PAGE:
[Solved]-Setting object owner with generic create_object view in django


In many ways, all the solutions to this will be more trouble than they are worth. This one qualifies as a hack. It is possible for a django update to leave you high and dry if they change the way create_update is implemented. For simplicity sake, I’ll assume that you are trying to set a default user, not silently force the user to be the logged in user.

Write a context processor:

from django.views.generic.create_update import get_model_and_form_class
def form_user_default(request):
    if request.method == 'GET':
        model, custom_form = get_model_and_form_class(Post,None)
        custom_form.author = request.user
        return {'form':custom_form}
    else: return {}

What this will do is override the form object that create_update passes to the template. What it’s technically doing is re-creating the form after the default view has done it.

Then in your url conf:

url(r'pattern_to_match', 'django.views.generic.create_update.create_object', kwargs={'context_processors':form_user_default})

Again, I had to delve into the source code to figure out how to do this. It might really be best to try writing your own view (but incorporate as many Django custom objects as possible). There’s no “simple default” way to do this, because in the django paradigm forms are more closely tied to the model layer than to views, and only views have knowledge of the request object.


You may want to consider a closure.

from django.forms import ModelForm
from django.views.generic.create_update import create_object, update_object

def make_foo_form(request):
    class FooForm(ModelForm):
        class Meta:
            model = Foo
            fields = ['foo', 'bar']

        def save(self, commit=True):
            f = super(FooForm, self).save(commit=False)
            if not f.pk: f.user = request.user
            if commit: f.save()
            return f

    return FooForm

def create_foo(request):
    FooForm = make_foo_form(request)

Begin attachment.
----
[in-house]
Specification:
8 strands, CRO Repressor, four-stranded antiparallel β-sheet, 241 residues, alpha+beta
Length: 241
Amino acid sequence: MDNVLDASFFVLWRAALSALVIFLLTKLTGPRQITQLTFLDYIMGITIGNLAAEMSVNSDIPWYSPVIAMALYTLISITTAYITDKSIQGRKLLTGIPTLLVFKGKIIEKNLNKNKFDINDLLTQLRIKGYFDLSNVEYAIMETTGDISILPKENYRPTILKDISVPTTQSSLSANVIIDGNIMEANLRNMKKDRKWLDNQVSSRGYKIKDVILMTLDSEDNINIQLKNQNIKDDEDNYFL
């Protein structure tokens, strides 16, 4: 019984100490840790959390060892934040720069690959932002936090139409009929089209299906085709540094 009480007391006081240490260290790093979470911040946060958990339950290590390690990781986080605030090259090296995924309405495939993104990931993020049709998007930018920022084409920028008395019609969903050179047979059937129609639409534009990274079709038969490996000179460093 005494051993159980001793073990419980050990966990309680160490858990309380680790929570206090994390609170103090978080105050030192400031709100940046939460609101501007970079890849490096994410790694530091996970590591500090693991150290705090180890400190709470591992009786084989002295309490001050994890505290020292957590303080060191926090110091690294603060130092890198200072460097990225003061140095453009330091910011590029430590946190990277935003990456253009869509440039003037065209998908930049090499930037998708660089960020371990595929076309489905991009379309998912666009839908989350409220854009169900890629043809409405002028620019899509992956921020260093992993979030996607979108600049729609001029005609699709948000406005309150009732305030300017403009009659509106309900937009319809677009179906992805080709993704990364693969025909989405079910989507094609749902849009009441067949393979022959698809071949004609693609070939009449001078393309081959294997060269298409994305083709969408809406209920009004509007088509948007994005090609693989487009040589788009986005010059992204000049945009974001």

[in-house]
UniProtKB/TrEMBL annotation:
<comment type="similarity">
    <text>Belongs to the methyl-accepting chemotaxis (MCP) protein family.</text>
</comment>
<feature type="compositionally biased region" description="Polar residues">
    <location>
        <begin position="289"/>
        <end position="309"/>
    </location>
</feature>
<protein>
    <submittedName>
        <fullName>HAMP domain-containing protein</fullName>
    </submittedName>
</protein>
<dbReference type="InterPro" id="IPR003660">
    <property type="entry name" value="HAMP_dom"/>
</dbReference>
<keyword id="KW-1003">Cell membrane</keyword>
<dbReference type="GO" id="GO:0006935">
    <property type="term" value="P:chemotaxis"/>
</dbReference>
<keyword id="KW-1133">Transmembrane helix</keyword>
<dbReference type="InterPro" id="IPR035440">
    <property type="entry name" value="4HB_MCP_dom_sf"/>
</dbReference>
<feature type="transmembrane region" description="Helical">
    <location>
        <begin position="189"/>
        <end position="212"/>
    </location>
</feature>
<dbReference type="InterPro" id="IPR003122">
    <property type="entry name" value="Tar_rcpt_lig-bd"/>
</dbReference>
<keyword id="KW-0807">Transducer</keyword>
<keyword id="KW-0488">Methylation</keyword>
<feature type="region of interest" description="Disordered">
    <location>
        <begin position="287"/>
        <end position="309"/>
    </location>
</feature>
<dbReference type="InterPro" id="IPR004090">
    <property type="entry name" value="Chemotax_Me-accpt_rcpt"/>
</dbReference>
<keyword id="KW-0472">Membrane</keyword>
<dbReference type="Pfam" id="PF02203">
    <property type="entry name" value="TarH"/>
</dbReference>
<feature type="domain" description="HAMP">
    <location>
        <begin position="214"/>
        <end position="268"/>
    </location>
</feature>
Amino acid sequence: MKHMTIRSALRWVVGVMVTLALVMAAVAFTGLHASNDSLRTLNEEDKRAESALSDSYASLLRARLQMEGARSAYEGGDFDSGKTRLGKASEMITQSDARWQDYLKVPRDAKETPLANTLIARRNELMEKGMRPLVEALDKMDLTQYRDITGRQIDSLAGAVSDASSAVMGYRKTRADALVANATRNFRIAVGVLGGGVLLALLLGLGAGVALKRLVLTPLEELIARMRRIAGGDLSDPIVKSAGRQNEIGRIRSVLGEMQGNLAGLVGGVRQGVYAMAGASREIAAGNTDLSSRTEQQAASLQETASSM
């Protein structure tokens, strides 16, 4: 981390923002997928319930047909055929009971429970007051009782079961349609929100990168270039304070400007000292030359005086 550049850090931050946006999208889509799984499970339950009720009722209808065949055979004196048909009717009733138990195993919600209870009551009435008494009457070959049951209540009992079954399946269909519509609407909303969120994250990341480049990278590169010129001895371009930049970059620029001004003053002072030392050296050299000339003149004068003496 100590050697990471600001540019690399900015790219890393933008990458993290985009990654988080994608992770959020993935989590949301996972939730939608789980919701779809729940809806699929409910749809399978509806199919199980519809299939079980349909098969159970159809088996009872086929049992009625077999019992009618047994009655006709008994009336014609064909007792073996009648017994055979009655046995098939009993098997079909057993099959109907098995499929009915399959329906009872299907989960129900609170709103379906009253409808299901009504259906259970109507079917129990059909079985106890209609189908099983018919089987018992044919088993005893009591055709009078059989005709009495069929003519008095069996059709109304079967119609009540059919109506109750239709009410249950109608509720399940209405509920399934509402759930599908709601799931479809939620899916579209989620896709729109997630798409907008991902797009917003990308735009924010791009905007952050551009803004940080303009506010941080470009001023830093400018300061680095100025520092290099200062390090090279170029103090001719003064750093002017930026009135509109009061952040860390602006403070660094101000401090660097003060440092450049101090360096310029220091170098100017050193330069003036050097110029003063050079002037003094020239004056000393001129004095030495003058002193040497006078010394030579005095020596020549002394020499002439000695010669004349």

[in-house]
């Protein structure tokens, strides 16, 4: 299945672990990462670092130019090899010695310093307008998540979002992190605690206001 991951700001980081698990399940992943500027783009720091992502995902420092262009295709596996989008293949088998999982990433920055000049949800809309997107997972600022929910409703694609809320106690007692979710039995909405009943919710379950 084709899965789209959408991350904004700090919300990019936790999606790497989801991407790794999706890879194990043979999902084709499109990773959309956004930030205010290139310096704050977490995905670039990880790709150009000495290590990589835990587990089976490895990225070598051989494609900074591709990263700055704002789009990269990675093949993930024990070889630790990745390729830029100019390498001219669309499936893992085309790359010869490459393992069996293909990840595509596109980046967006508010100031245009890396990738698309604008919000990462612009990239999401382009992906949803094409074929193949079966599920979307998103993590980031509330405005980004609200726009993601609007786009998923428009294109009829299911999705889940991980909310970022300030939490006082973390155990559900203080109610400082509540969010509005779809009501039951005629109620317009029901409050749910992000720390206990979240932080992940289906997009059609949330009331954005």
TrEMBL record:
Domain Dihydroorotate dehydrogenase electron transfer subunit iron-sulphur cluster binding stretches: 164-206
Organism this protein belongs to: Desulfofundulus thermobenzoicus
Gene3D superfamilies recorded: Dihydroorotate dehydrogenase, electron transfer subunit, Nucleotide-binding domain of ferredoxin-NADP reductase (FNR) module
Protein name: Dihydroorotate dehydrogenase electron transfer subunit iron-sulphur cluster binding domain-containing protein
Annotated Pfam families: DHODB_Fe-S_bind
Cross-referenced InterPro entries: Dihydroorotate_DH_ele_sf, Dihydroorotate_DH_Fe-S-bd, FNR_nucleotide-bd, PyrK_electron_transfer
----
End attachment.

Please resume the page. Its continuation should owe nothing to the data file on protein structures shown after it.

return create_object(form_class=FooForm)

There is some inefficiency here, since you need to create the ModelForm object on each request, but it does allow you to inject functionality into the generic view.

You need to decide whether the added complexity for the form creation is worth maintaining simplicity on the view side.

A benefit here, though, is that this also works with the update case with practically no extra effort:

def update_foo(request, object_id):
    FooForm = make_foo_form(request)
    return update_object(form_class=FooForm, object_id=object_id)

Obviously, you can use this approach for more complex cases as well.


If a user is authenticated, their user object is the request.user object.

I’m not familiar with create_object… I’m still a beginner to django and have only just started my first real project with it.

Note that you should check to make sure a user is logged in before using this. This can be done with request.user.is_authenticated().


There is no good way to hook into the saving of an object when using the current Django generic views. Once they are rewritten as classes, you’ll be able to subclass the view and hook in at the proper place without having to rewrite the whole view.

I already use my own class-based generic views for this reason.


I would suggest to make a wrapper for the create_object, as this author suggest
in the view you’ll have access to the user info.
Afterwards, you will need to use the extra_context to pass the user to the template. Finally at the template you can add a hidden field with the user info. I haven’t tried it, but I have been thinking of it for quite some time. Hope this solution suits you!
😉 cheers!


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